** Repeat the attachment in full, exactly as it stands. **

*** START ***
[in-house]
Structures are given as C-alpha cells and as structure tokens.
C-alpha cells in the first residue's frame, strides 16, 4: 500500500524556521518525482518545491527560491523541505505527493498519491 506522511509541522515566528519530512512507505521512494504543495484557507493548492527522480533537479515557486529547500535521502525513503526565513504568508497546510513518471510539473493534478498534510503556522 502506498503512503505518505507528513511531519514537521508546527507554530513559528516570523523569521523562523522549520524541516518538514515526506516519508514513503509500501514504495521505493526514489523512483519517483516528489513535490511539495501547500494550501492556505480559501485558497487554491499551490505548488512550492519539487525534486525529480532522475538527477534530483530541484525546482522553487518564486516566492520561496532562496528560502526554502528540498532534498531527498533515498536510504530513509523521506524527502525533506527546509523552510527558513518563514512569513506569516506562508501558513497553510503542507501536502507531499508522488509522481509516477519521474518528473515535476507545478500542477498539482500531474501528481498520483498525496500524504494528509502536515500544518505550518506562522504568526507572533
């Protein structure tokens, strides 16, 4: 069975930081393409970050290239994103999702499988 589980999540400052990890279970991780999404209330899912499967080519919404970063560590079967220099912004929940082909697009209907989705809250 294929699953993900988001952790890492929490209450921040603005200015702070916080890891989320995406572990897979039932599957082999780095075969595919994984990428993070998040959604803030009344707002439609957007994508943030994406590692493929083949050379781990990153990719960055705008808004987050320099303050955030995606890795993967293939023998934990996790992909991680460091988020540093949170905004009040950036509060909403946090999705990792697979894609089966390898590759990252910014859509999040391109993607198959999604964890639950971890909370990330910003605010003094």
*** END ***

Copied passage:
[in-house]
Structures are given as C-alpha cells and as structure tokens.
C-alpha cells in the first residue's frame, strides 16, 4: 500500500524556521518525482518545491527560491523541505505527493498519491 506522511509541522515566528519530512512507505521512494504543495484557507493548492527522480533537479515557486529547500535521502525513503526565513504568508497546510513518471510539473493534478498534510503556522 502506498503512503505518505507528513511531519514537521508546527507554530513559528516570523523569521523562523522549520524541516518538514515526506516519508514513503509500501514504495521505493526514489523512483519517483516528489513535490511539495501547500494550501492556505480559501485558497487554491499551490505548488512550492519539487525534486525529480532522475538527477534530483530541484525546482522553487518564486516566492520561496532562496528560502526554502528540498532534498531527498533515498536510504530513509523521506524527502525533506527546509523552510527558513518563514512569513506569516506562508501558513497553510503542507501536502507531499508522488509522481509516477519521474518528473515535476507545478500542477498539482500531474501528481498520483498525496500524504494528509502536515500544518505550518506562522504568526507572533
């Protein structure tokens, strides 16, 4: 069975930081393409970050290239994103999702499988 589980999540400052990890279970991780999404209330899912499967080519919404970063560590079967220099912004929940082909697009209907989705809250 294929699953993900988001952790890492929490209450921040603005200015702070916080890891989320995406572990897979039932599957082999780095075969595919994984990428993070998040959604803030009344707002439609957007994508943030994406590692493929083949050379781990990153990719960055705008808004987050320099303050955030995606890795993967293939023998934990996790992909991680460091988020540093949170905004009040950036509060909403946090999705990792697979894609089966390898590759990252910014859509999040391109993607198959999604964890639950971890909370990330910003605010003094």